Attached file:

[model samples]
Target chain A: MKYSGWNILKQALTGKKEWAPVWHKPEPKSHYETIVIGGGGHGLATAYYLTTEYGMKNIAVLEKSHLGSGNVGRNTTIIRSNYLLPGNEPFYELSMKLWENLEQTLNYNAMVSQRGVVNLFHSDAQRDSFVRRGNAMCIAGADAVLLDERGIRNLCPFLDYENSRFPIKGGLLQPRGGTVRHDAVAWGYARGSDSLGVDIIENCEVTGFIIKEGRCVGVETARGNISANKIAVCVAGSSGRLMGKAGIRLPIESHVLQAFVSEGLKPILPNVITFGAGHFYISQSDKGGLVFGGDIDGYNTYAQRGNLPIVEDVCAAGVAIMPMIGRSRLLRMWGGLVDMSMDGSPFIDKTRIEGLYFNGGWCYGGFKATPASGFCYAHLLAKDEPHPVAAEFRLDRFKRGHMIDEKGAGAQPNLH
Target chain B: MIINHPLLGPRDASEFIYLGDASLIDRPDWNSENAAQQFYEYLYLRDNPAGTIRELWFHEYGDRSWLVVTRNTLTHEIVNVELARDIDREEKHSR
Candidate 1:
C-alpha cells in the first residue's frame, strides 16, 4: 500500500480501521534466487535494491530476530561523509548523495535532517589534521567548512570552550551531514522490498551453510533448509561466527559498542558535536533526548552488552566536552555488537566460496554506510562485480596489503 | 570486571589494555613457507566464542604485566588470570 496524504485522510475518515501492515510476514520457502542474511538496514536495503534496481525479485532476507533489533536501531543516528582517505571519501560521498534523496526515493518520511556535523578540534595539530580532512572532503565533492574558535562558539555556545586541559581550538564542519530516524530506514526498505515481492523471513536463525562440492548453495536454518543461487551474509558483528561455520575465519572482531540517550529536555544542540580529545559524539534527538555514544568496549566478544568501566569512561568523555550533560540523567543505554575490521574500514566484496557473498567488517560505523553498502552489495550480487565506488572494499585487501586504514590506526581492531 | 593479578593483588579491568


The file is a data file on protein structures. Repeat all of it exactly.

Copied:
[model samples]
Target chain A: MKYSGWNILKQALTGKKEWAPVWHKPEPKSHYETIVIGGGGHGLATAYYLTTEYGMKNIAVLEKSHLGSGNVGRNTTIIRSNYLLPGNEPFYELSMKLWENLEQTLNYNAMVSQRGVVNLFHSDAQRDSFVRRGNAMCIAGADAVLLDERGIRNLCPFLDYENSRFPIKGGLLQPRGGTVRHDAVAWGYARGSDSLGVDIIENCEVTGFIIKEGRCVGVETARGNISANKIAVCVAGSSGRLMGKAGIRLPIESHVLQAFVSEGLKPILPNVITFGAGHFYISQSDKGGLVFGGDIDGYNTYAQRGNLPIVEDVCAAGVAIMPMIGRSRLLRMWGGLVDMSMDGSPFIDKTRIEGLYFNGGWCYGGFKATPASGFCYAHLLAKDEPHPVAAEFRLDRFKRGHMIDEKGAGAQPNLH
Target chain B: MIINHPLLGPRDASEFIYLGDASLIDRPDWNSENAAQQFYEYLYLRDNPAGTIRELWFHEYGDRSWLVVTRNTLTHEIVNVELARDIDREEKHSR
Candidate 1:
C-alpha cells in the first residue's frame, strides 16, 4: 500500500480501521534466487535494491530476530561523509548523495535532517589534521567548512570552550551531514522490498551453510533448509561466527559498542558535536533526548552488552566536552555488537566460496554506510562485480596489503 | 570486571589494555613457507566464542604485566588470570 496524504485522510475518515501492515510476514520457502542474511538496514536495503534496481525479485532476507533489533536501531543516528582517505571519501560521498534523496526515493518520511556535523578540534595539530580532512572532503565533492574558535562558539555556545586541559581550538564542519530516524530506514526498505515481492523471513536463525562440492548453495536454518543461487551474509558483528561455520575465519572482531540517550529536555544542540580529545559524539534527538555514544568496549566478544568501566569512561568523555550533560540523567543505554575490521574500514566484496557473498567488517560505523553498502552489495550480487565506488572494499585487501586504514590506526581492531 | 593479578593483588579491568